Archive for Friday, November 9, 1990


November 9, 1990


The evaluation of faculty performance is critical to maintaining quality, a Kansas University report tells the Kansas Board of Regents.

The report, prepared by the KU Office of Academic Affairs, also says faculty evaluation at KU is both systematic and rigorous.

All seven regents institutions have been asked to submit to the regents a report about existing faculty review procedures. KU faculty members fear changes in the tenure process, but regents officials say they are only seeking information, not changes.

In an effort to clear up rumors among KU faculty, Stanley Koplik, executive director of the regents, and Martine Hammond-Paludan, regents director for academic affairs, spoke to about 30 faculty members and KU students during a special University Council meeting Thursday night.

The meeting was prompted by faculty concerns about "post-tenure review," a process in which faculty members would be reviewed every five years after receiving tenure. Some faculty members believe they already are rigorously reviewed, and they oppose additional evaluations.

The board is tracking faculty members who received tenure in 1974 and 1975 to find out if the faculty members are still teaching.

ACCORDING TO KU's report, 71 KU faculty members were granted tenure during the 1973-74 and 1974-75 academic years. The report said 49 of those faculty members were still teaching at KU during the 1989-90 academic year. Two retired, 13 left KU for other institutions and seven left academia.

KU also offered information about the status of faculty who entered the tenure track during the 1981-82 and 1982-83 academic years. Of the 60 faculty members who entered the tenure track during those years, seven were promoted; five were "counseled out," or advised that their chances of receiving tenure were not good; eight didn't receive a reappointment prior to tenure review; five were denied tenure; and four left academia. Eleven faculty members fell into the "other" category, which includes death, family relocation, spousal employment issues and program transfer.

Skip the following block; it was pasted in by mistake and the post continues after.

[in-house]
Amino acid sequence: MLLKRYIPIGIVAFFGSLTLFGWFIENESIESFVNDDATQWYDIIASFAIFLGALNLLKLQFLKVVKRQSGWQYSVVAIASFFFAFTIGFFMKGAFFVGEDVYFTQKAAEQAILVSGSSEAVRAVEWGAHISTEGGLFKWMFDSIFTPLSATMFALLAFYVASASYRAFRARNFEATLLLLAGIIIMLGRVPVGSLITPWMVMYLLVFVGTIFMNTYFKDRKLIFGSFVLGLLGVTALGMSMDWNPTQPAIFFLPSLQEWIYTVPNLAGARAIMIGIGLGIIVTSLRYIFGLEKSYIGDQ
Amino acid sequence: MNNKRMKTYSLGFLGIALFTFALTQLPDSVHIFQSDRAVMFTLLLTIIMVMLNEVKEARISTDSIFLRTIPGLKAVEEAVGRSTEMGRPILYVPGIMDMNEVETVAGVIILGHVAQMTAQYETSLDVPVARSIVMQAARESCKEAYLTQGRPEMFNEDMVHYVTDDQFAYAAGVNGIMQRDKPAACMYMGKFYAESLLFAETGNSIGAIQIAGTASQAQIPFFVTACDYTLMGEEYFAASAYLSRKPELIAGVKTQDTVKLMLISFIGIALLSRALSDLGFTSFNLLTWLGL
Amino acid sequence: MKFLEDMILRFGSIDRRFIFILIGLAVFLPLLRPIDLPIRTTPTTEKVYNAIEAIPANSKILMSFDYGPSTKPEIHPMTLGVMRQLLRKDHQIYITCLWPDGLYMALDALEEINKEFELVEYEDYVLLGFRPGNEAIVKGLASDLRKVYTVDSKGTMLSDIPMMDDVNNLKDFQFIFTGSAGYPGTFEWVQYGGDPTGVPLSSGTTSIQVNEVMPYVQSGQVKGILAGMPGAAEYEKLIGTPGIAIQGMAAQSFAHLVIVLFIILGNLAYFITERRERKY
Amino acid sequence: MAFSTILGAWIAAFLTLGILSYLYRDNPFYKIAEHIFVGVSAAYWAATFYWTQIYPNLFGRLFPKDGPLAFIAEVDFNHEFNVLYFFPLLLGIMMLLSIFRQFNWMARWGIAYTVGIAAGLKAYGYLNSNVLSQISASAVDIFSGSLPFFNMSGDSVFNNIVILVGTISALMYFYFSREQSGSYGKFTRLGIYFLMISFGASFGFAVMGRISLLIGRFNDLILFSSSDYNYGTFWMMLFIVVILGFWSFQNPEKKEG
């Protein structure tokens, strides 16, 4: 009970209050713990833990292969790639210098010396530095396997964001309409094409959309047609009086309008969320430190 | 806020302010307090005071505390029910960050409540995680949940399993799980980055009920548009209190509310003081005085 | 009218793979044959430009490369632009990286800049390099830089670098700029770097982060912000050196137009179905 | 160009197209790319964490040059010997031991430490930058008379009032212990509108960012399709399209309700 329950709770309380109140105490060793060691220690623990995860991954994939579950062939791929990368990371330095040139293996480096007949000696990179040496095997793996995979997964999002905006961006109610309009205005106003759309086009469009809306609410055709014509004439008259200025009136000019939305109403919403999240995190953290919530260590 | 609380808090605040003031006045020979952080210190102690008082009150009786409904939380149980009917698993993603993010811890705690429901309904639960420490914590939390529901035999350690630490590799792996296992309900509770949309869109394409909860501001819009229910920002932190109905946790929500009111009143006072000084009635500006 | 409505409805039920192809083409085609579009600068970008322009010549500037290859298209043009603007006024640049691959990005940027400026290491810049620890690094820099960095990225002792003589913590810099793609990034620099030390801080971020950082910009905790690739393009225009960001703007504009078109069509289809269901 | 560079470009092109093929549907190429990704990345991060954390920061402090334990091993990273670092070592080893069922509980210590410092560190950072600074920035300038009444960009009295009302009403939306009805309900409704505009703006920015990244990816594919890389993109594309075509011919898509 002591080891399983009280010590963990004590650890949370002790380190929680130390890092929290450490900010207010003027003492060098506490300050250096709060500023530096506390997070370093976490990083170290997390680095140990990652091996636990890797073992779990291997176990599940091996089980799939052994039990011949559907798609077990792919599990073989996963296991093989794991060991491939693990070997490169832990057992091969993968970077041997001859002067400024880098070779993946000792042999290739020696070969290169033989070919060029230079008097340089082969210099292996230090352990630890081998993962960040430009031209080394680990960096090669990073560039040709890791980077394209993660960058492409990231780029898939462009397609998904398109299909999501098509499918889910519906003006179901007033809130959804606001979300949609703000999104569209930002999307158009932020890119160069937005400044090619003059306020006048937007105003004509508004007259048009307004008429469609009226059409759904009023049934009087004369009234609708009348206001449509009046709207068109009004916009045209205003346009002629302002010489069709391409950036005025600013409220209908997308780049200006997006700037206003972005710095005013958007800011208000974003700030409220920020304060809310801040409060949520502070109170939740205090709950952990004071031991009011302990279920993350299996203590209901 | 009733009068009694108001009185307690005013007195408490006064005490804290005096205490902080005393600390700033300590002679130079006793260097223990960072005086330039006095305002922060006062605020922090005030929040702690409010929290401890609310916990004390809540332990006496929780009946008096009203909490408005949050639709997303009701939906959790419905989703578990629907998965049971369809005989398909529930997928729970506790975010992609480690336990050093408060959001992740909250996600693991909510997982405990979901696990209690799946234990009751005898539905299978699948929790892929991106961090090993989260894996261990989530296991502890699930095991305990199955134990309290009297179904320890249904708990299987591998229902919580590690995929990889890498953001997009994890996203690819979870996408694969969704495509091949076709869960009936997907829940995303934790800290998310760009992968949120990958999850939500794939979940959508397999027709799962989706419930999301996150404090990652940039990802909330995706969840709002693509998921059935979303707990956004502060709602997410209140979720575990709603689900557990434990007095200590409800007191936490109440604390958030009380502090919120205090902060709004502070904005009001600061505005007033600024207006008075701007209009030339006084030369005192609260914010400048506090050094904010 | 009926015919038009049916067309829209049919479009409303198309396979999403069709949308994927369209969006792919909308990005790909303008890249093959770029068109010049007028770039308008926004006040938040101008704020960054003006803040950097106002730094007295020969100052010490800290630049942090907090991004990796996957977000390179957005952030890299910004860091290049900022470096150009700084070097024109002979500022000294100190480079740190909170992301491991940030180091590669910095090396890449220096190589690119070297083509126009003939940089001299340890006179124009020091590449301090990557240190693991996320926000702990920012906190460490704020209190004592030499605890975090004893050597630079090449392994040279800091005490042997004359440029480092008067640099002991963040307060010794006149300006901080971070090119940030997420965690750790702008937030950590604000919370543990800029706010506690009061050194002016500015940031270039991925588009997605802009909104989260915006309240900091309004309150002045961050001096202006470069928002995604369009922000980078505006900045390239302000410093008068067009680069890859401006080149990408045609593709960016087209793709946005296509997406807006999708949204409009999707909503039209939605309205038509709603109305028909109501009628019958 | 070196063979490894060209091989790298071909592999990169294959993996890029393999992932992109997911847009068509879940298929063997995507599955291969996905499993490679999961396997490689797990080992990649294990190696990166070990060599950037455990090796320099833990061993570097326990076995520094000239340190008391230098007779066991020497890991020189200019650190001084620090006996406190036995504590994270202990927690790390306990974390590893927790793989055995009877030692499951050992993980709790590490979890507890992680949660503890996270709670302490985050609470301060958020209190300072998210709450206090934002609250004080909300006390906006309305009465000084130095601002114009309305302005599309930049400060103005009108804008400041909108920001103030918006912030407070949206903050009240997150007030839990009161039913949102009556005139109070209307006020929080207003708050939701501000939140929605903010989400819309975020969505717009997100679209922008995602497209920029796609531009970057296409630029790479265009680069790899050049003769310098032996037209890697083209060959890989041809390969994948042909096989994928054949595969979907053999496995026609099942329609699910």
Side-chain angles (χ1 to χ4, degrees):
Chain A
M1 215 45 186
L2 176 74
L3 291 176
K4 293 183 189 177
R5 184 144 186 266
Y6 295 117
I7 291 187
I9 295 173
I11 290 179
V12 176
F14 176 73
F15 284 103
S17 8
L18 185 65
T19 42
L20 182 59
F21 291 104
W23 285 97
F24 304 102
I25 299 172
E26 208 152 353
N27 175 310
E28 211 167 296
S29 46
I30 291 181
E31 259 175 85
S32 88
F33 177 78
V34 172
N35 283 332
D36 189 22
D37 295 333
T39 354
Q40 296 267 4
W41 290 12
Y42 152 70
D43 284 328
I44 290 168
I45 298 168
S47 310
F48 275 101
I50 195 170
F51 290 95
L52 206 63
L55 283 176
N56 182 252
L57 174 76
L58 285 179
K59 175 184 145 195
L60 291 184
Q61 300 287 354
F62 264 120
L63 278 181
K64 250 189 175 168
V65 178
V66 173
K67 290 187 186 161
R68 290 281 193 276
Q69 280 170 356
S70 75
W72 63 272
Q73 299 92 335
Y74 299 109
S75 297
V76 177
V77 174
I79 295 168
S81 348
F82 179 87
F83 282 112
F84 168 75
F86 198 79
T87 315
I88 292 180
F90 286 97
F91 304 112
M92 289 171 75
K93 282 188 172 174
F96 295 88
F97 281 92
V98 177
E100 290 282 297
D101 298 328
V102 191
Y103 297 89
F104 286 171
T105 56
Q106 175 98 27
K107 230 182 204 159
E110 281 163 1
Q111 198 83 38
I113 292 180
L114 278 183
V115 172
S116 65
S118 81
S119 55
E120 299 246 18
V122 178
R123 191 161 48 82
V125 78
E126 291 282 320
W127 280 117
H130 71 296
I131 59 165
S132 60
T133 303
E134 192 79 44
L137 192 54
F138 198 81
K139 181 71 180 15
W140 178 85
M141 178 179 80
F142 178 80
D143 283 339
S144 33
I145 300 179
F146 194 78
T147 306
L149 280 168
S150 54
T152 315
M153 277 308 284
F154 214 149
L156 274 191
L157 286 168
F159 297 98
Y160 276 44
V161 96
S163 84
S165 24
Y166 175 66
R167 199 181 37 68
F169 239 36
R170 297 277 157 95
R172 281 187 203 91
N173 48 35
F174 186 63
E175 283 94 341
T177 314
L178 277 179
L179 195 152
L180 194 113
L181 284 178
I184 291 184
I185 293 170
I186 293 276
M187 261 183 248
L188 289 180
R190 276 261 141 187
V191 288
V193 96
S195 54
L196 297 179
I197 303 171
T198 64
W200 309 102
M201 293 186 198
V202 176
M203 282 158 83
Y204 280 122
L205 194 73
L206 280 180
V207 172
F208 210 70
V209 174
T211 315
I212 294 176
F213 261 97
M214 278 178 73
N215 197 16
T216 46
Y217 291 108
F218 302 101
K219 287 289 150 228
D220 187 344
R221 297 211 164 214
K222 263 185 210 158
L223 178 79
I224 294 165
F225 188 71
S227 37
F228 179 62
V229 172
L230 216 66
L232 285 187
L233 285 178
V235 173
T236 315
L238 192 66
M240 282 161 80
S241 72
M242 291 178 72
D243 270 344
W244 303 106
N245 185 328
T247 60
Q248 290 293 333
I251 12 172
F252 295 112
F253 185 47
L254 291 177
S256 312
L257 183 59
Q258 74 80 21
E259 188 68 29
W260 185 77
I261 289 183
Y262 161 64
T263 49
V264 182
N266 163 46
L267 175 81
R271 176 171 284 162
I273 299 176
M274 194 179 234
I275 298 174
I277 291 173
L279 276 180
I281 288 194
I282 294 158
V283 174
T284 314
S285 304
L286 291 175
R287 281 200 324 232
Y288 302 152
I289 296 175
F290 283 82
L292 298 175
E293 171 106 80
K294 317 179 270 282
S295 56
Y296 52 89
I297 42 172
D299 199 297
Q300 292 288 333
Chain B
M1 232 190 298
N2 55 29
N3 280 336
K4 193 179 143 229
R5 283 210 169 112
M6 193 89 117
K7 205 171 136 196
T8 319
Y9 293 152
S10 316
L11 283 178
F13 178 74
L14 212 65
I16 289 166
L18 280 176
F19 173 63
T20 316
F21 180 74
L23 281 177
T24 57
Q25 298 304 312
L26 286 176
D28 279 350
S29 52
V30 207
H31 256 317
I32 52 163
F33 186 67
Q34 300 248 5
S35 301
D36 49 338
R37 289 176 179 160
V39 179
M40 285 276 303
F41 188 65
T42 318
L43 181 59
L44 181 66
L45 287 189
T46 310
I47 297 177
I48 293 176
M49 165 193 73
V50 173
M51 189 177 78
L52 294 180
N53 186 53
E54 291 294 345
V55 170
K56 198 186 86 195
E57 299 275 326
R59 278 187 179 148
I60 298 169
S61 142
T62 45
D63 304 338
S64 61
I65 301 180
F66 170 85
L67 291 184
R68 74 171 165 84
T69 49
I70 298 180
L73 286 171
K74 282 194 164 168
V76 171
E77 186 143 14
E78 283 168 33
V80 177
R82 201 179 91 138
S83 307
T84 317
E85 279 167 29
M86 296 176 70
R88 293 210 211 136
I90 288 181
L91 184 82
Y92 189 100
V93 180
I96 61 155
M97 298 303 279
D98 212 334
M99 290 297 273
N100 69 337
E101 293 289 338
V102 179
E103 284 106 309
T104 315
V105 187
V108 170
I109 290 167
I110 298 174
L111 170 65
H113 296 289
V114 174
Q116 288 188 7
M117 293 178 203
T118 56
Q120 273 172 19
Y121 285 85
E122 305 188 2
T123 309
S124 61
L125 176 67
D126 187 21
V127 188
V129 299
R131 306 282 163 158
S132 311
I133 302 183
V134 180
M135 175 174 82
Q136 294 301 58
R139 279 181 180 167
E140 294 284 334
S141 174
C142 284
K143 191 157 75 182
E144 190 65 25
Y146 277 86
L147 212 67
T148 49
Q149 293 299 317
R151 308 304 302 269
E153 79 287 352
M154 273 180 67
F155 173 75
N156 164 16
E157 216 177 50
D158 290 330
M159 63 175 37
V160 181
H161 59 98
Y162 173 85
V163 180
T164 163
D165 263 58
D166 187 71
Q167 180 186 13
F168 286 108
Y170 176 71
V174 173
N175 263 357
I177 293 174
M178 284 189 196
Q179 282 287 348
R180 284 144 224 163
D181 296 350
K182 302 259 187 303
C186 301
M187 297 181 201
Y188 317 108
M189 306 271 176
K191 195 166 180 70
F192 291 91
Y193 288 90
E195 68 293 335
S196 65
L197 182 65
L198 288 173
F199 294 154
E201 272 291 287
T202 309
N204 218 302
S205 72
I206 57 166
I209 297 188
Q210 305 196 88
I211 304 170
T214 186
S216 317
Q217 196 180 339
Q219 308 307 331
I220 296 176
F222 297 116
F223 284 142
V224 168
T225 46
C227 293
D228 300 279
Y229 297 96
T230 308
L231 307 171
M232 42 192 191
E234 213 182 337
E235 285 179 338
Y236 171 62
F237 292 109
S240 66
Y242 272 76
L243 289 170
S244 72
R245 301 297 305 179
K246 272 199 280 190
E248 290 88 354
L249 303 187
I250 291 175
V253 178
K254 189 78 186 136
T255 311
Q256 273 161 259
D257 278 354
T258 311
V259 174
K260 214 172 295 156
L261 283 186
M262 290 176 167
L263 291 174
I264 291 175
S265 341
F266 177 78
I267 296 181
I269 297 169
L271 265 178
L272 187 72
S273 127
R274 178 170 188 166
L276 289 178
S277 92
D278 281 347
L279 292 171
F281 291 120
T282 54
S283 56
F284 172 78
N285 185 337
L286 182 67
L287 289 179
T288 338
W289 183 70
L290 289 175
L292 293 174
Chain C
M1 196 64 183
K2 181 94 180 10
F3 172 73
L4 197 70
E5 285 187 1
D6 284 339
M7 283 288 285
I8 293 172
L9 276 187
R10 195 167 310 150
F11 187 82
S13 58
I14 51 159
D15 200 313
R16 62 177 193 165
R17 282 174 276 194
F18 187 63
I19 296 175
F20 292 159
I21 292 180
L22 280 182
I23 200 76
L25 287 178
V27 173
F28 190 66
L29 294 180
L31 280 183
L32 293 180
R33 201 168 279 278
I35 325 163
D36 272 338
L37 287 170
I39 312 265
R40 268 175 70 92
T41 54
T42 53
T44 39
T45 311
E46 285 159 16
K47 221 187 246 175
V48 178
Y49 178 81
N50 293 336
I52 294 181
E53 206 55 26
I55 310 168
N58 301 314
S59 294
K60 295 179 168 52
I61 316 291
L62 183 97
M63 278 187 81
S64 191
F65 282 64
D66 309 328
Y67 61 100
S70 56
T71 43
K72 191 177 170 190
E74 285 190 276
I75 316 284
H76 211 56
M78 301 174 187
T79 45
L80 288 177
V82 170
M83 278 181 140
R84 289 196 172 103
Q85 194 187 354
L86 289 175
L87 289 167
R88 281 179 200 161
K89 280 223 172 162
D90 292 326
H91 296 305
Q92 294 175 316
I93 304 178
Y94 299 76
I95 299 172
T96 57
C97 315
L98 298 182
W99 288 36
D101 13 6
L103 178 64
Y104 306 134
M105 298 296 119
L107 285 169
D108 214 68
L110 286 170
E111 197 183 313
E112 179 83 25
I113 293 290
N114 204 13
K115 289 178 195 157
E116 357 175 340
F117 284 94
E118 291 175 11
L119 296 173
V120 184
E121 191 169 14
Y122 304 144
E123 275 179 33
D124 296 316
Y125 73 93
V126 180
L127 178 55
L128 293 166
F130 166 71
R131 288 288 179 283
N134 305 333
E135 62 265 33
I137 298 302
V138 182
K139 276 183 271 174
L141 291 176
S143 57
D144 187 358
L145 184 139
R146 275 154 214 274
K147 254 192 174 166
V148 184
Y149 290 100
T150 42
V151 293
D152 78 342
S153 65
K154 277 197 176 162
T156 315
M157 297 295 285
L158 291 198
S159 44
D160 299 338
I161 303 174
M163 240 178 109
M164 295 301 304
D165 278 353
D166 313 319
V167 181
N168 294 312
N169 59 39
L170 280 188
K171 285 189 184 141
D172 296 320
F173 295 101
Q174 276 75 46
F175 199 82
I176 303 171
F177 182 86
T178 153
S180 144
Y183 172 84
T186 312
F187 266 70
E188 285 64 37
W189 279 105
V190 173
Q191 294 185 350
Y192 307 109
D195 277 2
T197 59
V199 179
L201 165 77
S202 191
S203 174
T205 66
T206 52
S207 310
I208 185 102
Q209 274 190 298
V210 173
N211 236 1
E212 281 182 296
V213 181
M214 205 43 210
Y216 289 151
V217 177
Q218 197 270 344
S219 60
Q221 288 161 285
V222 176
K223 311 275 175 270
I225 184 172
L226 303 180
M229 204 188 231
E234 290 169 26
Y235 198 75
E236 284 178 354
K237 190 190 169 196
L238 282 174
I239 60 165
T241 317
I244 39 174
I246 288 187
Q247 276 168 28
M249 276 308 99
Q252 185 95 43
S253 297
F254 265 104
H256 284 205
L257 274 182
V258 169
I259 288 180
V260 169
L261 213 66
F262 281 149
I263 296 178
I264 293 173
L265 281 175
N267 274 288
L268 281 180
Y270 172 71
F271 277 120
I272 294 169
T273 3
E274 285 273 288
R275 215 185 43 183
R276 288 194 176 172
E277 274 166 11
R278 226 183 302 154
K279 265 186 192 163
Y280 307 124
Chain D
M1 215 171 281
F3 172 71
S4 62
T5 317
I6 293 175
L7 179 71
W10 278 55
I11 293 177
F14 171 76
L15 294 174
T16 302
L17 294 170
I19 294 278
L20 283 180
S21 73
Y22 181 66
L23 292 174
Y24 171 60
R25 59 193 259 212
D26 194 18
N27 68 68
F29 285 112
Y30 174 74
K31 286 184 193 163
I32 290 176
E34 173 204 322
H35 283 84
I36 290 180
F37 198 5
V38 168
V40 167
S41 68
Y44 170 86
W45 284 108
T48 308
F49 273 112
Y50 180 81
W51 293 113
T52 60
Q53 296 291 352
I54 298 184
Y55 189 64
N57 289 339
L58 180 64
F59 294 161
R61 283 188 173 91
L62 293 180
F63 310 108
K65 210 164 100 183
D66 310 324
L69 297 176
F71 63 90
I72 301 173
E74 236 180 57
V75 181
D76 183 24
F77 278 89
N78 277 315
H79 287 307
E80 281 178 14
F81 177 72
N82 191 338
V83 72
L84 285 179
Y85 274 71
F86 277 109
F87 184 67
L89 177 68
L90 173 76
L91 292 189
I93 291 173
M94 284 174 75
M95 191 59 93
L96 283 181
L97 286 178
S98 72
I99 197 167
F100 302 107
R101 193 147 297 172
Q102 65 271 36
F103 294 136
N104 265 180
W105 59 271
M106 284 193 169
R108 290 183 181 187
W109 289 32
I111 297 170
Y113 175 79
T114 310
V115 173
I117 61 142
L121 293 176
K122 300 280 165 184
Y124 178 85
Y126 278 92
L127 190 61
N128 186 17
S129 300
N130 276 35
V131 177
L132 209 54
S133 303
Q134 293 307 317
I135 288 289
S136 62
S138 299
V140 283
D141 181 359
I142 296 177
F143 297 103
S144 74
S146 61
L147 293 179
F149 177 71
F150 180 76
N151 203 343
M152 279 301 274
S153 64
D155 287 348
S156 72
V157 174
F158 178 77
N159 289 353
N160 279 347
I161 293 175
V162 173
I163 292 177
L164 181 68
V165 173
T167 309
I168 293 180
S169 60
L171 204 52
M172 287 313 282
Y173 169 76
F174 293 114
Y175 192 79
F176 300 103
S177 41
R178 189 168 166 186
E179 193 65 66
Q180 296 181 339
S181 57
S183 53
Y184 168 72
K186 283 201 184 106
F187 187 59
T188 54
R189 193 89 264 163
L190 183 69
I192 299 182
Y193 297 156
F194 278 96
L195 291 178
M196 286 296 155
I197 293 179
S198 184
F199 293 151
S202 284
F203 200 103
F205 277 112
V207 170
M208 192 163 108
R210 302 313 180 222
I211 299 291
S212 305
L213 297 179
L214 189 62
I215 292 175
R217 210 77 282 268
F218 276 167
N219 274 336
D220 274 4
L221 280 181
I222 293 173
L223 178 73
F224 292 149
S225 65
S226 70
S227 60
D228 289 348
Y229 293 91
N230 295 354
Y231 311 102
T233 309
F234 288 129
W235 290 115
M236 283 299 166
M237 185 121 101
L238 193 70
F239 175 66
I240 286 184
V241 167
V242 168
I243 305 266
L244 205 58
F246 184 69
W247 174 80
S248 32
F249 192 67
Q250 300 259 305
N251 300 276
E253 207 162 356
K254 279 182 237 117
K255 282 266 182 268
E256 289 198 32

Of those 60 faculty members, 21 remained at KU, with tenure, during the 1989-90 academic year. No faculty members had moved to non-tenure track positions.

"A PRELIMINARY review suggests that 40 to 60 percent of those who entered the tenure track in 1974 and 1975 are still teaching," Hammond-Paludan said at the council meeting. "But that's not the case at Wichita State University, where 81 percent of those entering tenure in those years are no longer at WSU."

Hammond-Paludan said 59 percent of those faculty members left the Wichita campus before review, 14 percent were denied tenure and 8 percent opted to leave campus after receiving tenure.

Hammond-Paludan said the board of regents wants to know why.

"What can be done with the system?" she said. "No one wants additional paperwork for a post-tenure review, but we need to be asking these questions."

She and Koplik said the board of regents and the people of Kansas want a more clear understanding of what happens at the seven regents schools.

"I'd like to address several concerns that are on your mind," Koplik told faculty members. "At the outset, I would like to communicate that the subject of post-tenure review finds its origin in Kansas in a breakfast meeting between elected faculty senate presidents and the board of regents."

HE SAID the issue isn't post-tenure review but faculty productivity, performance and rewards.

Koplik assured council members that the board isn't ready to launch a post-tenure review process.

"There is no pre-conceived plan that there's going to be some organized post-tenure review," he said.

KU faculty members currently are reviewed annually for salary purposes. The university's report to the regents said the criteria for tenure and promotion traditionally have been demonstrated achievement in teaching, research and service.

Some members of University Council said Thursday that the annual reviews should suffice.

Bezaleel Benjamin, professor of architecture and urban design, said the regents need only compile annual reviews if the board wants a post-tenure review every five years.

Koplik said he understood that review processes already exist. But he said the regents have a responsibility to have a hand in campus affairs.

"WE ALL WANT the board of regents to be persuasive advocates for higher education," he said. "I personally don't want them to be blind advocates of higher education. Regents must be well-informed.

"Over $980 million is provided to the regents system by state and private resources. It's big business by any stretch of the imagination. The regents have a responsibility to be informed, and they do their homework."

Koplik said it is sometimes difficult to explain what college faculty do for a living. Regents and legislators, who are frequently better versed in business than education, may scoff when told a faculty member teaches seven hours a week, Koplik said. Unfortunately, he said, people outside of education equate that with a 40-hour work week and don't understand that faculty members have other responsibilities, such as research and public service.

"The bottom line on which we are measured is very different from the bottom line on a balance sheet," Koplik said.

Bunker Clark, professor of music history, said the regents must understand that every faculty member is different. Some may concentrate on teaching while others may be more involved in research, Clark said.

"We're not all the same," Clark said.

Commenting has been disabled for this item.